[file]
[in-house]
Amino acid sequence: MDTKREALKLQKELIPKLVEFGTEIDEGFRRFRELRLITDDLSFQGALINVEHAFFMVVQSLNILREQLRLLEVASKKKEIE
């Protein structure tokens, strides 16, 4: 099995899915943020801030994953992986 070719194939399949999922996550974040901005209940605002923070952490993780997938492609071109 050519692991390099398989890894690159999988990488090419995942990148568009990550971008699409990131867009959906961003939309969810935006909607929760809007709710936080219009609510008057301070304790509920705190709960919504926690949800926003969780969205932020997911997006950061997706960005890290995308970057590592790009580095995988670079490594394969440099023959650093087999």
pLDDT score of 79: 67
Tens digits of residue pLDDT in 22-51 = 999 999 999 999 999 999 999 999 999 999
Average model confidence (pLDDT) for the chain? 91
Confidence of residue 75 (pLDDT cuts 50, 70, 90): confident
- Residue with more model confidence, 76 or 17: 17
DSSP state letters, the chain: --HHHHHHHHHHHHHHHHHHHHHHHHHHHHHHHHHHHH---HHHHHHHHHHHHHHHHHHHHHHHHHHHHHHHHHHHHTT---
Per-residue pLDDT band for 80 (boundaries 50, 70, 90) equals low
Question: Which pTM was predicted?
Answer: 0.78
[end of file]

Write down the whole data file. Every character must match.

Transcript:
[in-house]
Amino acid sequence: MDTKREALKLQKELIPKLVEFGTEIDEGFRRFRELRLITDDLSFQGALINVEHAFFMVVQSLNILREQLRLLEVASKKKEIE
């Protein structure tokens, strides 16, 4: 099995899915943020801030994953992986 070719194939399949999922996550974040901005209940605002923070952490993780997938492609071109 050519692991390099398989890894690159999988990488090419995942990148568009990550971008699409990131867009959906961003939309969810935006909607929760809007709710936080219009609510008057301070304790509920705190709960919504926690949800926003969780969205932020997911997006950061997706960005890290995308970057590592790009580095995988670079490594394969440099023959650093087999």
pLDDT score of 79: 67
Tens digits of residue pLDDT in 22-51 = 999 999 999 999 999 999 999 999 999 999
Average model confidence (pLDDT) for the chain? 91
Confidence of residue 75 (pLDDT cuts 50, 70, 90): confident
- Residue with more model confidence, 76 or 17: 17
DSSP state letters, the chain: --HHHHHHHHHHHHHHHHHHHHHHHHHHHHHHHHHHHH---HHHHHHHHHHHHHHHHHHHHHHHHHHHHHHHHHHHHTT---
Per-residue pLDDT band for 80 (boundaries 50, 70, 90) equals low
Question: Which pTM was predicted?
Answer: 0.78